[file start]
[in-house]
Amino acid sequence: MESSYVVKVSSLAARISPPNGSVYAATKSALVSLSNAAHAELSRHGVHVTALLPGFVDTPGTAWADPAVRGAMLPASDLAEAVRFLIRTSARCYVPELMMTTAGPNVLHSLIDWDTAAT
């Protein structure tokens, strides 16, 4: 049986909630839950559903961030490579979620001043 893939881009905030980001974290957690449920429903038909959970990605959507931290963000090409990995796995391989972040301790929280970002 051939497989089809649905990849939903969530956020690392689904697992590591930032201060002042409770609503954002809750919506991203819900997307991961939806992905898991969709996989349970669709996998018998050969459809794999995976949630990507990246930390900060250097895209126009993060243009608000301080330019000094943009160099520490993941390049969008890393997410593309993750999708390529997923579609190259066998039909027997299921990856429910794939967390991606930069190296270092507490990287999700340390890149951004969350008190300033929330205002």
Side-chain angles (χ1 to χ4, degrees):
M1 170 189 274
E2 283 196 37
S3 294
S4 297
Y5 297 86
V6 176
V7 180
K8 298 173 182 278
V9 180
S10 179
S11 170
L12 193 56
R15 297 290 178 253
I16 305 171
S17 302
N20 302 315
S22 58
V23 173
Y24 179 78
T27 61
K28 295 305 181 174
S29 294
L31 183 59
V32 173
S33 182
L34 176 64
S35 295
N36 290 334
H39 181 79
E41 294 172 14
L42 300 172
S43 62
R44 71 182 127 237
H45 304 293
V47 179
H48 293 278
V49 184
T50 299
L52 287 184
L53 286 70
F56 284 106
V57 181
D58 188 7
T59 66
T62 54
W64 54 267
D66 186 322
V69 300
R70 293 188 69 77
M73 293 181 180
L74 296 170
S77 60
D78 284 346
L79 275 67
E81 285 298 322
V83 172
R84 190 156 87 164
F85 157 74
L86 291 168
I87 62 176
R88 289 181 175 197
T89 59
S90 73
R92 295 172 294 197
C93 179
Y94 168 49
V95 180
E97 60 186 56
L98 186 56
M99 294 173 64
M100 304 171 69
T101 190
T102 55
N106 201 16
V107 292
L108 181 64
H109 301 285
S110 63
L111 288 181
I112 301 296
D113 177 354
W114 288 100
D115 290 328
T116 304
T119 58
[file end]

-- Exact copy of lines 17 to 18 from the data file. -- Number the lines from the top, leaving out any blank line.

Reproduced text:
R15 297 290 178 253
I16 305 171